Glenn Harris, the city's code enforcement inspector, received council's approval to spend $953.17 to add an intersecting culvert near city hall, in an attempt to locate a large blockage in a 10 inch pipe that runs from behind the building to the creek near Santee Drive.
Harris explained a company had already attempted to clear the blockage, which puts city hall in danger of flooding during large rains. He said the 5,000 pound jet was unsuccessful in locating the blockage and, by installing the culvert, they could once again try to unclog the drain. Currently, the city has a sump pump with emergency power connected to prevent flooding in the event of a large rainfall, but flooding of city hall is still possible as long as the line remains clogged.
In addition to the drainage issue, Harris told council after an examination of city hall cooling bills over several years, he determined that the city's utility bills increase by $400 -$500 over the summer months. Harris said the building lacks attic ventilation. By adding 8 turbines on the building, the cost could be reduced by 25 to 30 percent, and the $1,000 cost of the turbines would be recouped in two to four months.
Council asked Harris to prepare bid proposals for the project, and present them for approval during the August meeting.
Cherokee Village Fire Department Captain Johnny Pendarvis addressed council seeking permission to apply for a grant to hire two additional firefighters for the city.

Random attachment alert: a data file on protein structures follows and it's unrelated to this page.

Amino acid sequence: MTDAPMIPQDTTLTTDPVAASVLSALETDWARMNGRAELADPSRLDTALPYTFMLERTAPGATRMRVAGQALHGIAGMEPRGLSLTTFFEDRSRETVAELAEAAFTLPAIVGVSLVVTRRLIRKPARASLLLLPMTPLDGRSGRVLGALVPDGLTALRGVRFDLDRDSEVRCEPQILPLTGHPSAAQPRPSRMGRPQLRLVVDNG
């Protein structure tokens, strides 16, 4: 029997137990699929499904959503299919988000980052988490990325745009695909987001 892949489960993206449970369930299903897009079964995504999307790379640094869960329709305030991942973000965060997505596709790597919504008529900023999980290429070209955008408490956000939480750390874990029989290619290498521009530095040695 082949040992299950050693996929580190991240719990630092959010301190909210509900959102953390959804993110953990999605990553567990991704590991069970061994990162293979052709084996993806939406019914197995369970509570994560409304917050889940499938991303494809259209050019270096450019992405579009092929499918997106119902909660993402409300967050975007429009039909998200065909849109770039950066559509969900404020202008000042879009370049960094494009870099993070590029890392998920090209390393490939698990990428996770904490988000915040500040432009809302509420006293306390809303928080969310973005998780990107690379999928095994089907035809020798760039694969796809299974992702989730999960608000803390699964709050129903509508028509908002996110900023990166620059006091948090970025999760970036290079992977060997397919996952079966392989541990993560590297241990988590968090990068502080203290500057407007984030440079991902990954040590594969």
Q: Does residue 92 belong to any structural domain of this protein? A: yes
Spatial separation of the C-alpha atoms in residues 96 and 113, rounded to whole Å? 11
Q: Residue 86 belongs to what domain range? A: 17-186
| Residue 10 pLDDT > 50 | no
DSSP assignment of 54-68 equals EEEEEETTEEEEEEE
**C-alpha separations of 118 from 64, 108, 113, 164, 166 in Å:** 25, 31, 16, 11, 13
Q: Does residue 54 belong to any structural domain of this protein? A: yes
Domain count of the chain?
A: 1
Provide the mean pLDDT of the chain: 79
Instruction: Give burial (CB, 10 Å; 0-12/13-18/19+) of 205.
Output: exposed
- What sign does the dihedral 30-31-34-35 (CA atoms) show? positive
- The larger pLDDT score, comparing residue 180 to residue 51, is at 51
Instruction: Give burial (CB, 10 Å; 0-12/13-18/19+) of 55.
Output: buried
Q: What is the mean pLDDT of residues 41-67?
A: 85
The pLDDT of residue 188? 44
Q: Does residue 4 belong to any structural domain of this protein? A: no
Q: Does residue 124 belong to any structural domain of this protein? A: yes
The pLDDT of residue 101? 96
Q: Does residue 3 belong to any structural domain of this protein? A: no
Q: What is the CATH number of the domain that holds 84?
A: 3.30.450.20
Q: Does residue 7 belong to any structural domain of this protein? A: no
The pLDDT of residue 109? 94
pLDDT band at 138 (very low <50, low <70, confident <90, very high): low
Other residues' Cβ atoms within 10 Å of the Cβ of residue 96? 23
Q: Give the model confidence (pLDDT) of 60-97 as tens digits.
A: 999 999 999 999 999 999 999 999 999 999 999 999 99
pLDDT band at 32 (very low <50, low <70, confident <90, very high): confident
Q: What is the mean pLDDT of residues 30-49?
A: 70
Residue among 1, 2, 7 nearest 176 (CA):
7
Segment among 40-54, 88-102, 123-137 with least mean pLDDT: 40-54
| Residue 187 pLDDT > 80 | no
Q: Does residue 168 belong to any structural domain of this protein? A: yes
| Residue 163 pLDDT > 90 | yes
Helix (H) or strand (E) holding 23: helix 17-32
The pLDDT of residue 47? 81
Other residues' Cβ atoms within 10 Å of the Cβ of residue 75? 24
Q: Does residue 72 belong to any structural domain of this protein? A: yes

Pendarvis explained the Staffing for Adequate Fire and Emergency Response (SAFER) grant was a 100 percent grant from FEMA and the Department of Homeland Security which would fund firefighters salary and health insurance for two years.
The grant was quickly challenged by Alderman Lynn Maxedon, who cited concerns that the grant did not pay the LOPFI retirement portion of the firefighters income. "This fire department is the biggest budget problem, has the highest paid fire department in the area -- earning more than the mayor and clerk combined -- and is a third of the budget. So, no, I would not be agreeable to hiring two more firefighters," Maxedon said. Alderman Tom Thone agreed with Maxedon and discussion ensued about options to replace Chief Taylor, who will be retiring in February of 2013.
Alderman Verna Mae Newman said, "If we apply for the grant, we don't have to take it do we?"
Thones responded, "I don't think we need to go applying for a grant and turning it down."
Alderman Russ Stokes chimed into the conversation, comparing the grant to one the city's police department applied for to fund an officer under the prior administration. "After two years, the city had to fund his salary after the grant ran out. I am going to vote with the city's pocketbook in interest to the budget."
The council finally agreed to allow the fire department to apply for a grant to fund one firefighter. Everyone, with the exception of Stokes, voted in favor of the recommendation.
The most heated topic of discussion involved the city's recent discovery that 383 homes on Lake Cherokee, Sequoia and Thunderbird were placed in the flood plain by FEMA, as it updated flood plain maps. The designation leaves homeowners with the option of purchasing costly flood insurance, when they might not need it, or paying to have a survey done to determine if their home is above the 5,000 foot flood elevation established in a FEMA flyover.
The issue has sparked the concern of realtors trying to sell homes, and those building homes while waiting for the issue to be resolved.